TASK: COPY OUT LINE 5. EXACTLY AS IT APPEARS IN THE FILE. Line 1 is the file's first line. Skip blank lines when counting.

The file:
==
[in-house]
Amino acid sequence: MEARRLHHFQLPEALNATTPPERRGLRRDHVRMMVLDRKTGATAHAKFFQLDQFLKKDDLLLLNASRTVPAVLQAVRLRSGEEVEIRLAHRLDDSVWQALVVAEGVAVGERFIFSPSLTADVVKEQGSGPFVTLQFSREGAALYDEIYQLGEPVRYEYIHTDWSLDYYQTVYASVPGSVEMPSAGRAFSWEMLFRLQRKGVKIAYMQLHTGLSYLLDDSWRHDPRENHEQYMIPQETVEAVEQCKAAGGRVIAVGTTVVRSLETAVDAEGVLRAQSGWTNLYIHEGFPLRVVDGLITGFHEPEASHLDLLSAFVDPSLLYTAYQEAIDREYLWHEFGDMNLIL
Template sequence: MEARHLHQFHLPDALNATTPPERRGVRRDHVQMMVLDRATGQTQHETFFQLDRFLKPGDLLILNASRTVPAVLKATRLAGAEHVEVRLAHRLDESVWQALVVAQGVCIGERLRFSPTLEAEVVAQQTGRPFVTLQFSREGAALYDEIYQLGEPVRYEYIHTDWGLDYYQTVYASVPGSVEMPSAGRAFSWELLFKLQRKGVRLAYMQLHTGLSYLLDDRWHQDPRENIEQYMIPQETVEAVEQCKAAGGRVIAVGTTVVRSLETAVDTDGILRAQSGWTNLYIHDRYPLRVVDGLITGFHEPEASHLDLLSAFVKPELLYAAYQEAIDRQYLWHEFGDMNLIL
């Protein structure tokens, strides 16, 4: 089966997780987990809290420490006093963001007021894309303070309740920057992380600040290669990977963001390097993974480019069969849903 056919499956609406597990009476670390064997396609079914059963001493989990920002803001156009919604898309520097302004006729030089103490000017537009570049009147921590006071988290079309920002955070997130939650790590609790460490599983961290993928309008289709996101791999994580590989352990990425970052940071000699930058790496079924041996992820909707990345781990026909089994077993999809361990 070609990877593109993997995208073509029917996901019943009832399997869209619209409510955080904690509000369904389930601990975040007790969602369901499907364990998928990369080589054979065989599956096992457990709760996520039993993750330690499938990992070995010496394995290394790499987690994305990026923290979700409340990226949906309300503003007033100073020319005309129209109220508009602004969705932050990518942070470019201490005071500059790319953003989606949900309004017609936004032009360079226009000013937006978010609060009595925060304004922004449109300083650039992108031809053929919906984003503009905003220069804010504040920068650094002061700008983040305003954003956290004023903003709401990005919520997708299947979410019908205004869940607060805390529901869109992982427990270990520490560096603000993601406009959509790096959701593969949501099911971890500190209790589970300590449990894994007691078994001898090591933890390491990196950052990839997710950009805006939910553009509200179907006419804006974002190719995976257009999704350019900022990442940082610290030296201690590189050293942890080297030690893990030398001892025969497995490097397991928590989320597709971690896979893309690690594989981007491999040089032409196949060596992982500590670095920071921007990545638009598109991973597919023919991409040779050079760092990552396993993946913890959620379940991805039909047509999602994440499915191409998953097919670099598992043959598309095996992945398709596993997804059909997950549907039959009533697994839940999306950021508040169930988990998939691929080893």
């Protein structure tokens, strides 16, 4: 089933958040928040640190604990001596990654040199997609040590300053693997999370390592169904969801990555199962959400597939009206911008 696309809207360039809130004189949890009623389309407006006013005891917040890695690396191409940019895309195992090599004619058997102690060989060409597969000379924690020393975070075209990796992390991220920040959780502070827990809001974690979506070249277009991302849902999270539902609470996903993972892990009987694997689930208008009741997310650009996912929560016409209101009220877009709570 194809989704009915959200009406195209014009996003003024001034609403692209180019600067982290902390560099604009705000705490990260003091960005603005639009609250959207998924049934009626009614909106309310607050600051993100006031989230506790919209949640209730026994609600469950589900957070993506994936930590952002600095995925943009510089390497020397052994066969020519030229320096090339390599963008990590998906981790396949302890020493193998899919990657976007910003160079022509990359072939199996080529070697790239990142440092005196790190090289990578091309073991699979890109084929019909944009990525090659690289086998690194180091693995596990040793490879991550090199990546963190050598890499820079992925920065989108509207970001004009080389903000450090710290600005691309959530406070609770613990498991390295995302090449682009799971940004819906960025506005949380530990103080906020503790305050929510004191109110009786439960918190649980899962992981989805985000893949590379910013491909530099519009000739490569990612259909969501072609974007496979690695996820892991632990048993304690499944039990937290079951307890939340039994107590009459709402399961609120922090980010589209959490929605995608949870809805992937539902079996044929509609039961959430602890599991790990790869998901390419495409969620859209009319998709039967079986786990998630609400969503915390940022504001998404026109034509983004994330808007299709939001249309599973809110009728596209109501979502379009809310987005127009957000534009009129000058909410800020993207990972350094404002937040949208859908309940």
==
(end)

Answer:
């Protein structure tokens, strides 16, 4: 089933958040928040640190604990001596990654040199997609040590300053693997999370390592169904969801990555199962959400597939009206911008 696309809207360039809130004189949890009623389309407006006013005891917040890695690396191409940019895309195992090599004619058997102690060989060409597969000379924690020393975070075209990796992390991220920040959780502070827990809001974690979506070249277009991302849902999270539902609470996903993972892990009987694997689930208008009741997310650009996912929560016409209101009220877009709570 194809989704009915959200009406195209014009996003003024001034609403692209180019600067982290902390560099604009705000705490990260003091960005603005639009609250959207998924049934009626009614909106309310607050600051993100006031989230506790919209949640209730026994609600469950589900957070993506994936930590952002600095995925943009510089390497020397052994066969020519030229320096090339390599963008990590998906981790396949302890020493193998899919990657976007910003160079022509990359072939199996080529070697790239990142440092005196790190090289990578091309073991699979890109084929019909944009990525090659690289086998690194180091693995596990040793490879991550090199990546963190050598890499820079992925920065989108509207970001004009080389903000450090710290600005691309959530406070609770613990498991390295995302090449682009799971940004819906960025506005949380530990103080906020503790305050929510004191109110009786439960918190649980899962992981989805985000893949590379910013491909530099519009000739490569990612259909969501072609974007496979690695996820892991632990048993304690499944039990937290079951307890939340039994107590009459709402399961609120922090980010589209959490929605995608949870809805992937539902079996044929509609039961959430602890599991790990790869998901390419495409969620859209009319998709039967079986786990998630609400969503915390940022504001998404026109034509983004994330808007299709939001249309599973809110009728596209109501979502379009809310987005127009957000534009009129000058909410800020993207990972350094404002937040949208859908309940």